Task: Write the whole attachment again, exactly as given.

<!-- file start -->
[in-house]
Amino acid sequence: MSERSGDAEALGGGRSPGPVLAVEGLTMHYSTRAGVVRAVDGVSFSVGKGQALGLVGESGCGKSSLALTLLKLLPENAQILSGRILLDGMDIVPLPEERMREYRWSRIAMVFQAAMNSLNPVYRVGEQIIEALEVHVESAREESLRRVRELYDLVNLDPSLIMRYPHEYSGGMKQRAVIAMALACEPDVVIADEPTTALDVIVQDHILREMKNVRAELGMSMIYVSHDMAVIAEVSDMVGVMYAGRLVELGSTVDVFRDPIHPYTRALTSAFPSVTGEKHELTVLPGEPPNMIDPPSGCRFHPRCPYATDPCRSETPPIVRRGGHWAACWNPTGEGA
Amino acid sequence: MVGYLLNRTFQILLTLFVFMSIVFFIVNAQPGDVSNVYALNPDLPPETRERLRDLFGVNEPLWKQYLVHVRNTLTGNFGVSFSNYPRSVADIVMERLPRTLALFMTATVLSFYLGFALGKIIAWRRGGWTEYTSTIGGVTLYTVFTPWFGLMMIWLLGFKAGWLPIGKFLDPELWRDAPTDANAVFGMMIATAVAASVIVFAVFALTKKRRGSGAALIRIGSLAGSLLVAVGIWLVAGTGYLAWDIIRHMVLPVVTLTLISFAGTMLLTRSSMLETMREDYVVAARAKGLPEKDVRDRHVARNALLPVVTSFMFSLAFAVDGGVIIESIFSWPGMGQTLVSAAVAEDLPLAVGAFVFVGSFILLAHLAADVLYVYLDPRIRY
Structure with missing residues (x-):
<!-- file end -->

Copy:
[in-house]
Amino acid sequence: MSERSGDAEALGGGRSPGPVLAVEGLTMHYSTRAGVVRAVDGVSFSVGKGQALGLVGESGCGKSSLALTLLKLLPENAQILSGRILLDGMDIVPLPEERMREYRWSRIAMVFQAAMNSLNPVYRVGEQIIEALEVHVESAREESLRRVRELYDLVNLDPSLIMRYPHEYSGGMKQRAVIAMALACEPDVVIADEPTTALDVIVQDHILREMKNVRAELGMSMIYVSHDMAVIAEVSDMVGVMYAGRLVELGSTVDVFRDPIHPYTRALTSAFPSVTGEKHELTVLPGEPPNMIDPPSGCRFHPRCPYATDPCRSETPPIVRRGGHWAACWNPTGEGA
Amino acid sequence: MVGYLLNRTFQILLTLFVFMSIVFFIVNAQPGDVSNVYALNPDLPPETRERLRDLFGVNEPLWKQYLVHVRNTLTGNFGVSFSNYPRSVADIVMERLPRTLALFMTATVLSFYLGFALGKIIAWRRGGWTEYTSTIGGVTLYTVFTPWFGLMMIWLLGFKAGWLPIGKFLDPELWRDAPTDANAVFGMMIATAVAASVIVFAVFALTKKRRGSGAALIRIGSLAGSLLVAVGIWLVAGTGYLAWDIIRHMVLPVVTLTLISFAGTMLLTRSSMLETMREDYVVAARAKGLPEKDVRDRHVARNALLPVVTSFMFSLAFAVDGGVIIESIFSWPGMGQTLVSAAVAEDLPLAVGAFVFVGSFILLAHLAADVLYVYLDPRIRY
Structure with missing residues (x-):